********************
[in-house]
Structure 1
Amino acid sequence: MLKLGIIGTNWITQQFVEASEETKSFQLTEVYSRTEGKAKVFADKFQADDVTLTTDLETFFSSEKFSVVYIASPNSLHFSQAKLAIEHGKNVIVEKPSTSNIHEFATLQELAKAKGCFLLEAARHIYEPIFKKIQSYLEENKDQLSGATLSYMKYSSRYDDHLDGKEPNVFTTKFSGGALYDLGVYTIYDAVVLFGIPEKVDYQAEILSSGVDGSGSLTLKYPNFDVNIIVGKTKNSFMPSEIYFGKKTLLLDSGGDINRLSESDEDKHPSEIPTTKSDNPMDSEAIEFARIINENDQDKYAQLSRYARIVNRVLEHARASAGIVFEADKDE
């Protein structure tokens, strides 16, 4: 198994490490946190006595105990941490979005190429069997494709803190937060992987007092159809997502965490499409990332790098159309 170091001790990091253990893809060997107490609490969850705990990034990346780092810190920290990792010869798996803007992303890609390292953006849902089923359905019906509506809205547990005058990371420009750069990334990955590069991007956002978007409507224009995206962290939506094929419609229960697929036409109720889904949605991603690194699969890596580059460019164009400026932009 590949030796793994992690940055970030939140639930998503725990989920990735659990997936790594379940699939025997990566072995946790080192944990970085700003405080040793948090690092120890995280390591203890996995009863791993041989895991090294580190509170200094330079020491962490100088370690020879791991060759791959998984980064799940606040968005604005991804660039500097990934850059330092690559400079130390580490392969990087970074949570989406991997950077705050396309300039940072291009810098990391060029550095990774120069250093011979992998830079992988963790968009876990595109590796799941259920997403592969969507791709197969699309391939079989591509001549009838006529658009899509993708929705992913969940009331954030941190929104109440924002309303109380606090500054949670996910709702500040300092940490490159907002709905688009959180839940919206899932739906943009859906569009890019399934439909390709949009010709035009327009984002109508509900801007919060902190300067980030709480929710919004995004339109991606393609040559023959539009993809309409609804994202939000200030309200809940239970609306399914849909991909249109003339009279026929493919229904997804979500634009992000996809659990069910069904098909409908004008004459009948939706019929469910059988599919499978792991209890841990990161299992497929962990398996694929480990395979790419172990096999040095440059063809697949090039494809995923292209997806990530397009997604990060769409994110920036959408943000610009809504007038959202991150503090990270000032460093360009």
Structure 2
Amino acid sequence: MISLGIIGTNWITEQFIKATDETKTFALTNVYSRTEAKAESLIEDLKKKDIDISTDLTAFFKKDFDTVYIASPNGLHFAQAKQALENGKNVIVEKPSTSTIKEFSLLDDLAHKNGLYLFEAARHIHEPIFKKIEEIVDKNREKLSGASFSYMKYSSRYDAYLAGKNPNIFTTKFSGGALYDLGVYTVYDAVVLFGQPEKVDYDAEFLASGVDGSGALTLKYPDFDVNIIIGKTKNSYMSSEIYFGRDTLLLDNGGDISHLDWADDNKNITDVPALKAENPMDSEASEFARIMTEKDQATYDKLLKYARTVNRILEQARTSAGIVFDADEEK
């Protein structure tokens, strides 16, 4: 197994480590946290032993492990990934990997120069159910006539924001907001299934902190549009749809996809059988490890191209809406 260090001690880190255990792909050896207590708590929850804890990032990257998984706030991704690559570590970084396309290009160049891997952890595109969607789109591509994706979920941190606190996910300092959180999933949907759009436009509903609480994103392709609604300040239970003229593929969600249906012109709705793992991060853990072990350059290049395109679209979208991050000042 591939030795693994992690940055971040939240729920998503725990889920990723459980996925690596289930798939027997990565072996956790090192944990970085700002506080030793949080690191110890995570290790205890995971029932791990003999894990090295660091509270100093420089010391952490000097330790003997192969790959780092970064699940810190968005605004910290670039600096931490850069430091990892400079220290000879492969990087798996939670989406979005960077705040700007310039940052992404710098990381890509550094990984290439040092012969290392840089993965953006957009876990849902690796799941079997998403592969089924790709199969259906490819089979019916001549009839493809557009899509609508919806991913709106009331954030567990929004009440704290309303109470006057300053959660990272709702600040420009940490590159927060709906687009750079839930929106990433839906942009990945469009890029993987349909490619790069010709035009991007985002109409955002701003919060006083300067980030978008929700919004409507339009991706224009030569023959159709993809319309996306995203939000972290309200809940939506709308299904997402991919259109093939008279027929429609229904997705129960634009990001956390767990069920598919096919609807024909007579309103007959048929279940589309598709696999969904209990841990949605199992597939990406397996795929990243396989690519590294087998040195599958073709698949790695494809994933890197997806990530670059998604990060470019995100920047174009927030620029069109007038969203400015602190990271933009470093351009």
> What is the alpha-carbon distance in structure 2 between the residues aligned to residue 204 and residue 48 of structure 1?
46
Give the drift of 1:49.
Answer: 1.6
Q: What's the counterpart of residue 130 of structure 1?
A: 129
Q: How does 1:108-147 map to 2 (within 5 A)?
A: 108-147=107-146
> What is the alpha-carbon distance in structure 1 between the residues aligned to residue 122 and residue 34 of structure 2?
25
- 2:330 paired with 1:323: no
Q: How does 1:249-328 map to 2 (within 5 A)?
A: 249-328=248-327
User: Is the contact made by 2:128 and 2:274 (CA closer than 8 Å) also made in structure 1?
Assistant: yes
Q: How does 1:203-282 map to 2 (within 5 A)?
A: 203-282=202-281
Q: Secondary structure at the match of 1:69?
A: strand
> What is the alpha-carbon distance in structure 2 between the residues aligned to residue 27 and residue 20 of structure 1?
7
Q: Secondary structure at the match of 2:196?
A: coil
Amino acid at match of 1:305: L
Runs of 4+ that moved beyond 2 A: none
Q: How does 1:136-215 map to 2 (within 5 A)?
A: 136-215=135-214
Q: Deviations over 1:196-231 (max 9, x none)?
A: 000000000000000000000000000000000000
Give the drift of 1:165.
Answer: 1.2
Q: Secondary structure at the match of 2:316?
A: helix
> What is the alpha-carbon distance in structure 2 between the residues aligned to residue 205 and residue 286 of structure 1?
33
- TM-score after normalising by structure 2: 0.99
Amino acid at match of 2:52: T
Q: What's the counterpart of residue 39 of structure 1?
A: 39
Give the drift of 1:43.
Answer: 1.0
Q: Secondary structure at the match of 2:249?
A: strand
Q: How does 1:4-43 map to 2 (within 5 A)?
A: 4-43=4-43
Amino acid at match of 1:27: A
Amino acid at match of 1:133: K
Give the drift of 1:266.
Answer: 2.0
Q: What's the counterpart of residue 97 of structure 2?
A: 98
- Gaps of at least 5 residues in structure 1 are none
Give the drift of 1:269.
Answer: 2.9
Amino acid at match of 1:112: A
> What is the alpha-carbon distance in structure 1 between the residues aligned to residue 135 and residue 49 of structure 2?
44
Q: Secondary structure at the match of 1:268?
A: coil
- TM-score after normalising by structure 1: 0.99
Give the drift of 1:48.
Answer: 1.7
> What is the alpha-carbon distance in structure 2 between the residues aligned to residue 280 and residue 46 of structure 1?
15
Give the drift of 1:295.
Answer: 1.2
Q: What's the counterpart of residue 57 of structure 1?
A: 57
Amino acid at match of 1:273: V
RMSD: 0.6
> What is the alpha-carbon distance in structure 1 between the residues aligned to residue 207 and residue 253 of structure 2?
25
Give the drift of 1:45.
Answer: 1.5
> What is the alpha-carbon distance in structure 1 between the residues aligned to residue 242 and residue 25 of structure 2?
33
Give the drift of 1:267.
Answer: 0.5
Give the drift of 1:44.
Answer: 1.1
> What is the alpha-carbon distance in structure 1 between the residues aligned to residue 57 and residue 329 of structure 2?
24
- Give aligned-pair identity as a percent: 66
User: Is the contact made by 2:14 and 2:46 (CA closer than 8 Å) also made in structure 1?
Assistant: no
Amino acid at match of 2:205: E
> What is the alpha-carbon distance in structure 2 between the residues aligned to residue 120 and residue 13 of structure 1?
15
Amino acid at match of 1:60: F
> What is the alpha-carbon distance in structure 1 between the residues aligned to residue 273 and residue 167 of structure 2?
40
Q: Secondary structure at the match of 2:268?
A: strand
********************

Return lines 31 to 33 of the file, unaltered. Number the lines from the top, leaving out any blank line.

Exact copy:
Amino acid at match of 1:305: L
Runs of 4+ that moved beyond 2 A: none
Q: How does 1:136-215 map to 2 (within 5 A)?